Executive officer and commander of Terror Francis Crozier is Franklin’s opposite in many aspects. While he is less famous and less educated or rich than, Crozier is shown to be leader with zero arrogance. As an Irishman in the British Royal Navy, he was denied higher positions despite showing higher competence. He is a realist, has had no luck with love or woman, and unlike Franklin who reads Bible to his men, Crozier reads from the ‘Book of Leviathan’. Crozier’s shipboard justices are mostly practical unlike the unnecessary, lofty practices performed by Franklin. He also knows what Franklin’s weaknesses are and how the Captain’s error in judgment is going to doom them, but he keeps quiet or made to be quiet. By making us recognize with the protagonist Crozier’s superior abilities, Simmons pushes us to feel the unbridled loss. The shrinking rations, merciless winters (with no prospects for summer thaw), the pack-ice strangling the ship from below, putrid tinned food, lack of fresh meat, burgeoning scurvy cases, mutinous elements are all written in a manner which is consistently engaging and passes on the sense of doom. Nevertheless, the visceral impacts are created by the episodes involving arctic beast that walks like a man. The havoc wreaked by monster, explained chillingly in the novel’s first few chapters, becomes a fitting metaphor for Mother Nature itself. At first I imagined the monster to be like ‘yeti’, but the source of inspiration for this preternatural evil was derived from Eskimo mythology. The magnificent set-pieces which makes us imagine the giant beast’s destruction pays homage to the tales of Edgar Allan Poe (‘Masque of the Red Death’). “Then the moist reek enveloped him and huge teeth closed on either side of his face, crunching through bone and skull just forward of his ears on both sides of head” – one of favorite passage explaining the monster’s carnage.
Through the rampage of arctic beast and the rituals of Eskimo people, author Simmons records his condemnation for western civilization and its unchecked arrogance on foreign lands. While John Franklin has the characteristics of ‘decorated fool’, similar to modern American politicians seeking ‘glory’, the Eskimo culture is painted as one which serves under & for nature (not grand ideologies and false dreams). Simmons’ narrative impulse and prose carries the readers forward, trying its best to not set in boredom. His research into the real-life characters and the historical events could be felt in every sentence, defining the mechanisms in an expedition ship and its chain of command. Ultimately, if I felt a little unsatisfied of the novel, it’s not from reading the alleged horrors that would have been experienced by real men of the expedition (especially the description of ‘scurvy’ is so spine-tingling). The creature’s appearance gradually becomes only a dramatic device, to break off the monotonous suffering in the arctic. The real villain of the tale, ‘Hickey’ is pretty much a reprobate from Stephen King’s world and his predictable villainy only makes him a caricature. There was enough depth in the character arc of Crozier and Lady Silence aka ‘Esquimaux Witch’, but the profundity gets mired in the sprawling length. The sporadic destruction of ‘thing on the ice’ in the first half of the book was more terrifying than its customary murders in the second-half of the book. The most disappointing aspect of the novel for me is the final leg of the tale, when Crozier goes through a transformation. The Eskimo mythologies are fascinating, but it’s written like something we read out of a Wikipedia page. Since as a reader we are also so exhausted in getting to that point, we read through it quickly, eager to know what really happens at the end. What’s said in the chapters is interesting, but the way it is written is a bad definition of ‘page-turner’ (nevertheless, I liked the denouement).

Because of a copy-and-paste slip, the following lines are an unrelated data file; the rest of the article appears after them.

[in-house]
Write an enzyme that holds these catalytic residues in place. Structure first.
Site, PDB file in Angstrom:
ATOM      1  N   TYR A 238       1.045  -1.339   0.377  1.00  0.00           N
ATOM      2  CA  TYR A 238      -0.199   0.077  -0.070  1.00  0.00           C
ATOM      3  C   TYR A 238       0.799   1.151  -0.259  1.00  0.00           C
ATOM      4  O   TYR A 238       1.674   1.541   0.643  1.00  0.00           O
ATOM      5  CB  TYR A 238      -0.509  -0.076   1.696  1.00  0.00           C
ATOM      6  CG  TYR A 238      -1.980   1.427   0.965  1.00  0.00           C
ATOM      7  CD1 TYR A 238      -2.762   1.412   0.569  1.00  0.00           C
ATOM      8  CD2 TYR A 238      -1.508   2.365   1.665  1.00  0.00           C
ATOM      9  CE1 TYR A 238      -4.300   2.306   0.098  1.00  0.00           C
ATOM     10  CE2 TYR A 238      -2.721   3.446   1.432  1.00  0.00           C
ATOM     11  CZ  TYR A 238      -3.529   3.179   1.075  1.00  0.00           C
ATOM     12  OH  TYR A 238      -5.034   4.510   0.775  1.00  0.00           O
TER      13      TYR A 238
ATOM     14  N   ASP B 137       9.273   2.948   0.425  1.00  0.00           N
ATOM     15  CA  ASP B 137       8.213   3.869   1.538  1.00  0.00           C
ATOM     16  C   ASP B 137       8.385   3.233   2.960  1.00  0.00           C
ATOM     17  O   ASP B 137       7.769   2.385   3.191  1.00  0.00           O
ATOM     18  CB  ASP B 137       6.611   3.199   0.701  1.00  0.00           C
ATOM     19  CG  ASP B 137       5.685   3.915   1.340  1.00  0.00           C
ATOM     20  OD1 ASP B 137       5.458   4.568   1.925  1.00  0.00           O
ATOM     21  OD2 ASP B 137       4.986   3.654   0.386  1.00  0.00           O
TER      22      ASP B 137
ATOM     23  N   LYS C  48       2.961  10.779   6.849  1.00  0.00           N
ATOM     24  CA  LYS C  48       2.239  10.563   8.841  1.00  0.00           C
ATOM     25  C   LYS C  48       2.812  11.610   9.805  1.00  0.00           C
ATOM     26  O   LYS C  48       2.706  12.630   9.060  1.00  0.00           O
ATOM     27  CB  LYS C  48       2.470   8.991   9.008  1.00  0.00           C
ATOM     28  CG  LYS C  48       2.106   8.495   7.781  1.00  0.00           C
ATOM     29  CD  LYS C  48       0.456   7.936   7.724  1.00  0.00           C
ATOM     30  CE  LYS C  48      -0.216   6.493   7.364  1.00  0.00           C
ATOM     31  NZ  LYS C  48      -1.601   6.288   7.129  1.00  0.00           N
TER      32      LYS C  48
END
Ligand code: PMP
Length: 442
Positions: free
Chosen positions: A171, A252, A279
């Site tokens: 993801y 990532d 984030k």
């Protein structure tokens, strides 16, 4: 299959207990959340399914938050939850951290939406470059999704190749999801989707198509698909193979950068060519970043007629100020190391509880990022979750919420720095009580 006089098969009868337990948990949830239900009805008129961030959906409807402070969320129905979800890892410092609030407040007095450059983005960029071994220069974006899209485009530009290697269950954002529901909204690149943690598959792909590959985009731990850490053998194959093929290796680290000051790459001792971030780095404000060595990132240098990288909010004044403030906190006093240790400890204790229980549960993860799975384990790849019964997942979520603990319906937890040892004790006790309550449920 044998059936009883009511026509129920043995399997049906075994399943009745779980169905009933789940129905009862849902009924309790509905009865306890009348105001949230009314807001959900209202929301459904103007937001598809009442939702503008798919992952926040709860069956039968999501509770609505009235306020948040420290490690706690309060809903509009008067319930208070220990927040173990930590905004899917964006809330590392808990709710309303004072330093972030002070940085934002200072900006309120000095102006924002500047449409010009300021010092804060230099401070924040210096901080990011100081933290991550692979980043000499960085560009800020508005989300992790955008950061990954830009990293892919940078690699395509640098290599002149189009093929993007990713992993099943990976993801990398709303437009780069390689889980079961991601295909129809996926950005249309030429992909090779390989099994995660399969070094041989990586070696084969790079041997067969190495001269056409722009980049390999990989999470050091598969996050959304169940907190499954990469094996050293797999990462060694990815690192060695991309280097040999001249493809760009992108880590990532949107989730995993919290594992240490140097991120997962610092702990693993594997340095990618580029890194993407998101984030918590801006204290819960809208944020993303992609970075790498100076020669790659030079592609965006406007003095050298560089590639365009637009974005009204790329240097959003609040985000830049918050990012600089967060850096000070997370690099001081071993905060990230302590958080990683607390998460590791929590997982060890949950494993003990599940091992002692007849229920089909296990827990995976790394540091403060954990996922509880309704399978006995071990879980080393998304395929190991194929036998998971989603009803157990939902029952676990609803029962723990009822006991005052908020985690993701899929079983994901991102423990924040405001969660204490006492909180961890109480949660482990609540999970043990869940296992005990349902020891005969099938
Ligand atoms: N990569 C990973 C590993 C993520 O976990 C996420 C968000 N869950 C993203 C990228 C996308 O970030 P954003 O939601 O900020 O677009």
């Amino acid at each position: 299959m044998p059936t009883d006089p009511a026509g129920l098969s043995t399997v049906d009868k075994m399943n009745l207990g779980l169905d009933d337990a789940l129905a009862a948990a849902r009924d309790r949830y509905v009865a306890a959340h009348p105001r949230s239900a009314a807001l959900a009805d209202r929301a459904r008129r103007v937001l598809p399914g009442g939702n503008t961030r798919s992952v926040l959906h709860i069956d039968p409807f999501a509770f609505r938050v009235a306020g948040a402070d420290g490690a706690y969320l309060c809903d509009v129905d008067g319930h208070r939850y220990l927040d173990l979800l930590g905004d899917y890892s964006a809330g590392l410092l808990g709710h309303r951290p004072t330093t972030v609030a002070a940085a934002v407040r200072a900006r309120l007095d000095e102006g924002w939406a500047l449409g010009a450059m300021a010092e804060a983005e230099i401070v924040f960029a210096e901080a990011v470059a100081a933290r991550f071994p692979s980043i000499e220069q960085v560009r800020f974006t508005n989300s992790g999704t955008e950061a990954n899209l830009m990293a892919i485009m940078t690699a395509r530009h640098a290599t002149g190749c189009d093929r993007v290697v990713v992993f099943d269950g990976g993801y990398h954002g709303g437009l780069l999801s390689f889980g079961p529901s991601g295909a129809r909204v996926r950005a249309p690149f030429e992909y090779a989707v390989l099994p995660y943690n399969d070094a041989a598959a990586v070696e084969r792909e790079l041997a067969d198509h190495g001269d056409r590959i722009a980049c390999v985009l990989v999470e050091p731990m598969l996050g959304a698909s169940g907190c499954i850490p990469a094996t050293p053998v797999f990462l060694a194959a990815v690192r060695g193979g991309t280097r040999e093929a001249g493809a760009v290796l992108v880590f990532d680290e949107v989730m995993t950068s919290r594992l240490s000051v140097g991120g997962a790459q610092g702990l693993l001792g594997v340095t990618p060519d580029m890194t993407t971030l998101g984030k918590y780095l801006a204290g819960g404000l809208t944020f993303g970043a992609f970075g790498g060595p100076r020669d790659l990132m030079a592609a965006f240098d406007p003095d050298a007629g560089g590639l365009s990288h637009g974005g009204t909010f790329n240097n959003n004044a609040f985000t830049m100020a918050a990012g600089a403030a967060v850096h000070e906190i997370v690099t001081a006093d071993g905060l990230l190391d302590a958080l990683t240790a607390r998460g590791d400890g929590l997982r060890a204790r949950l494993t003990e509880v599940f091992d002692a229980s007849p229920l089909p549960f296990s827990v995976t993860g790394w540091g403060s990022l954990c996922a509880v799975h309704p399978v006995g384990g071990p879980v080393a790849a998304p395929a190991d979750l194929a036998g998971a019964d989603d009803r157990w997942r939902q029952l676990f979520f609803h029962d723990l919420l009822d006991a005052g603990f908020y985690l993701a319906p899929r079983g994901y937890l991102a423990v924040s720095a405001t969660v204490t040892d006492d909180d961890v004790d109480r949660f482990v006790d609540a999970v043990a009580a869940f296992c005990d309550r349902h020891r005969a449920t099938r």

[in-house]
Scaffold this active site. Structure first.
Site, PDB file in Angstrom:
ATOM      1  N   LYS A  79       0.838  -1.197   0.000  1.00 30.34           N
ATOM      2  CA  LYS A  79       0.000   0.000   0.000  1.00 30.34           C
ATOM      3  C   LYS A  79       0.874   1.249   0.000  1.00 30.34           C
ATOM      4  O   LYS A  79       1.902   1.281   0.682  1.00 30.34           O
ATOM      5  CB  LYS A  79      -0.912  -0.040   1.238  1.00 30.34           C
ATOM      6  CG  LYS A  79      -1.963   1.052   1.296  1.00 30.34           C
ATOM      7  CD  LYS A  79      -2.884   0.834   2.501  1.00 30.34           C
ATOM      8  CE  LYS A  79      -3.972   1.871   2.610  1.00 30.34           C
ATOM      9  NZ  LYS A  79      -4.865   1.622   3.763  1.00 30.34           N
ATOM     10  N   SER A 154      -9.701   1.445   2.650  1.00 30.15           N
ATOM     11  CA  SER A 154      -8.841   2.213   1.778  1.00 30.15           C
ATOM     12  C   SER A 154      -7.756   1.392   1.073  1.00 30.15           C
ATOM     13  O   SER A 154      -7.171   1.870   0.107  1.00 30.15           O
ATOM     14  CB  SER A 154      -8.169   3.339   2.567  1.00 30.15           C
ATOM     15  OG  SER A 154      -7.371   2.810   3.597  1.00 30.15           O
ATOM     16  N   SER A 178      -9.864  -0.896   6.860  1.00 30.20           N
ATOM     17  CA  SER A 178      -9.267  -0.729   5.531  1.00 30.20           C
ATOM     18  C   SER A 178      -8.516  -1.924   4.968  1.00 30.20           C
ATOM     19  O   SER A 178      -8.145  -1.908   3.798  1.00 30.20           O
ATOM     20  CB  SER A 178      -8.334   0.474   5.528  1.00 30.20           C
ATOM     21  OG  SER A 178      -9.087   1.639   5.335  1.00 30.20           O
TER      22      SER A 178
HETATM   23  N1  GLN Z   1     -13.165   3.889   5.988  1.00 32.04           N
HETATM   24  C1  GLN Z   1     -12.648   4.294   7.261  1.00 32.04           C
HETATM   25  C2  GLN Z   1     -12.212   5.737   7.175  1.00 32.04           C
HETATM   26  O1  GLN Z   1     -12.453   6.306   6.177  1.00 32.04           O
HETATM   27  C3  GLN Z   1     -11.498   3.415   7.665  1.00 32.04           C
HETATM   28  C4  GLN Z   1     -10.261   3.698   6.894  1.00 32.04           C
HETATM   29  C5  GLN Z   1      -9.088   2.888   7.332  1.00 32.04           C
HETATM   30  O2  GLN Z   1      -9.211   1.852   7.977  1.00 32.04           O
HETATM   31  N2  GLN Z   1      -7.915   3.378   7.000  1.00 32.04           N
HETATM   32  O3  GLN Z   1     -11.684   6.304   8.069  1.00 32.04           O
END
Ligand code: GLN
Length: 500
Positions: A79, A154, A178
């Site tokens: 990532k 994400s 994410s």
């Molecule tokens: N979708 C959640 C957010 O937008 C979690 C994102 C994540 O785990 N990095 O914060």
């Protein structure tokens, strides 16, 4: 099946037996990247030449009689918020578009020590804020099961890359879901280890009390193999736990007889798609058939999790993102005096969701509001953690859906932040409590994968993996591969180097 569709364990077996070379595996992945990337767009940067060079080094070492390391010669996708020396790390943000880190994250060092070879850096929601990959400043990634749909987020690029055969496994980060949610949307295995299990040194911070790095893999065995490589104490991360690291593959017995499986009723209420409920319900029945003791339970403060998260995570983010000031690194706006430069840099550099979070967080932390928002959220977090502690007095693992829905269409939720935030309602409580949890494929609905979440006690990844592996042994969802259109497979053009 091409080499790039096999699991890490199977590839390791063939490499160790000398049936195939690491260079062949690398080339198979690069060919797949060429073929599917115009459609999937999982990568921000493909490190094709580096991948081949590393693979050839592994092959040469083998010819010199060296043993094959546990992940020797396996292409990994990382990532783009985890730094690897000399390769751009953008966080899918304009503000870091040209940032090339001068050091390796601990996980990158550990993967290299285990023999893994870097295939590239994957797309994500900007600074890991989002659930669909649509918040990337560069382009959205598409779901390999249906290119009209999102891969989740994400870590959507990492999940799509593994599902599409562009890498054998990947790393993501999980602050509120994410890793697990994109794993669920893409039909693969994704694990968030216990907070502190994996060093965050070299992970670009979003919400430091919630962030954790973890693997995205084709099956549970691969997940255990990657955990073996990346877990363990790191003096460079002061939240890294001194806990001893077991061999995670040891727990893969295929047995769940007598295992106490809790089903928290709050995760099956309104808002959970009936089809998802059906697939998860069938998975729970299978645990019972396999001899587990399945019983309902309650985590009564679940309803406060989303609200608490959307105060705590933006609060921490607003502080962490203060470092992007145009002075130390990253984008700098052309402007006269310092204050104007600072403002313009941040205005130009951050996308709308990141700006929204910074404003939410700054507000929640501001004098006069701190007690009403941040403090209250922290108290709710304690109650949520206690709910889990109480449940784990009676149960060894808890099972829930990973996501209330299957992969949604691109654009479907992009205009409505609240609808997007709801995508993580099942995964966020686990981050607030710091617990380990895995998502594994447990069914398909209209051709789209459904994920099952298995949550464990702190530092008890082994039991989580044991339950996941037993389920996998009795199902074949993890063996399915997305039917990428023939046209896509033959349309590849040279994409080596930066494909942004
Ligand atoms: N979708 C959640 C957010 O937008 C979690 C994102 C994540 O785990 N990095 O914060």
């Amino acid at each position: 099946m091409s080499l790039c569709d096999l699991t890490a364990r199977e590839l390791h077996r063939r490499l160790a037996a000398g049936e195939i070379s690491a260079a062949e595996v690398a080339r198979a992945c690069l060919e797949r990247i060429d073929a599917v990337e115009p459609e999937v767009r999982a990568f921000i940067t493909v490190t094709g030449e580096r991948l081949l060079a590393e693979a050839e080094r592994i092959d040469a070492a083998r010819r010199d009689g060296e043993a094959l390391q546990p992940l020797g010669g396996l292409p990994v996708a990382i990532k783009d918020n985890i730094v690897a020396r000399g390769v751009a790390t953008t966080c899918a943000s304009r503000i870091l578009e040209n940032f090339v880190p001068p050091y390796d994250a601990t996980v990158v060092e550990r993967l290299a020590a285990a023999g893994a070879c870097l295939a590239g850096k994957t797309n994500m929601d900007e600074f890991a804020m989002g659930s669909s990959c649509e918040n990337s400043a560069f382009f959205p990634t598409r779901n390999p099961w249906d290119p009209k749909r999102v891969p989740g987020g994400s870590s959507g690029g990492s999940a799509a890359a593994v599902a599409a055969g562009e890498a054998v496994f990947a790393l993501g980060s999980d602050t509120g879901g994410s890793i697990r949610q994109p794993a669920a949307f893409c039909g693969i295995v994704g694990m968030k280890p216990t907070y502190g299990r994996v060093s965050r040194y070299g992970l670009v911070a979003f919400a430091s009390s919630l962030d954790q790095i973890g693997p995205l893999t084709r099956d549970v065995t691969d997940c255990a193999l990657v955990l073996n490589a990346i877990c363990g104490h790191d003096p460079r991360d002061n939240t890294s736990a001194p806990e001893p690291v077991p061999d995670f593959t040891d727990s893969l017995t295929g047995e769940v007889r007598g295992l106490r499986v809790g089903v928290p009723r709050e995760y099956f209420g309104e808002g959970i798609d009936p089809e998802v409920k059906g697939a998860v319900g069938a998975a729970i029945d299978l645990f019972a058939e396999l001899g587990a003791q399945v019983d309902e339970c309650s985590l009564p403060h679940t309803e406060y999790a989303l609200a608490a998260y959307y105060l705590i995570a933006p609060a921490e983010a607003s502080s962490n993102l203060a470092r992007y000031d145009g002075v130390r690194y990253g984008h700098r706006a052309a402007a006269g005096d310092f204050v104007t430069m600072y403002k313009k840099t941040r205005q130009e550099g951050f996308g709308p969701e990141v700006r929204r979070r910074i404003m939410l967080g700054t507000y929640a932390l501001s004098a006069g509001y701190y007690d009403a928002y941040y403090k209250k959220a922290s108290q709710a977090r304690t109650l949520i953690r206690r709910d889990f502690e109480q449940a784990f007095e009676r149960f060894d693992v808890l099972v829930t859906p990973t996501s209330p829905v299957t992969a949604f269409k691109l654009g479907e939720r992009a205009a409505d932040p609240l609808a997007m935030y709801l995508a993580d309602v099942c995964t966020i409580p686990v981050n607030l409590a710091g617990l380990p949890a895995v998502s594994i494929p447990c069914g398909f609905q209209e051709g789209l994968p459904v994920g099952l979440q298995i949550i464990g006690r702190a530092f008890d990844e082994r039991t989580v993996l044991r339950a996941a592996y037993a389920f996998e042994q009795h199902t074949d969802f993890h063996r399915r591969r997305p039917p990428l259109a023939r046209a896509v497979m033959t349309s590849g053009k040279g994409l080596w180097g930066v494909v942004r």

“The Terror” makes up for a compelling reading experience as the author has attempted to merge historical fiction, mythology, and Gothic horror. Praise Mr. Simmons, if your reading experience bestowed upon you nightmares and restless sleep.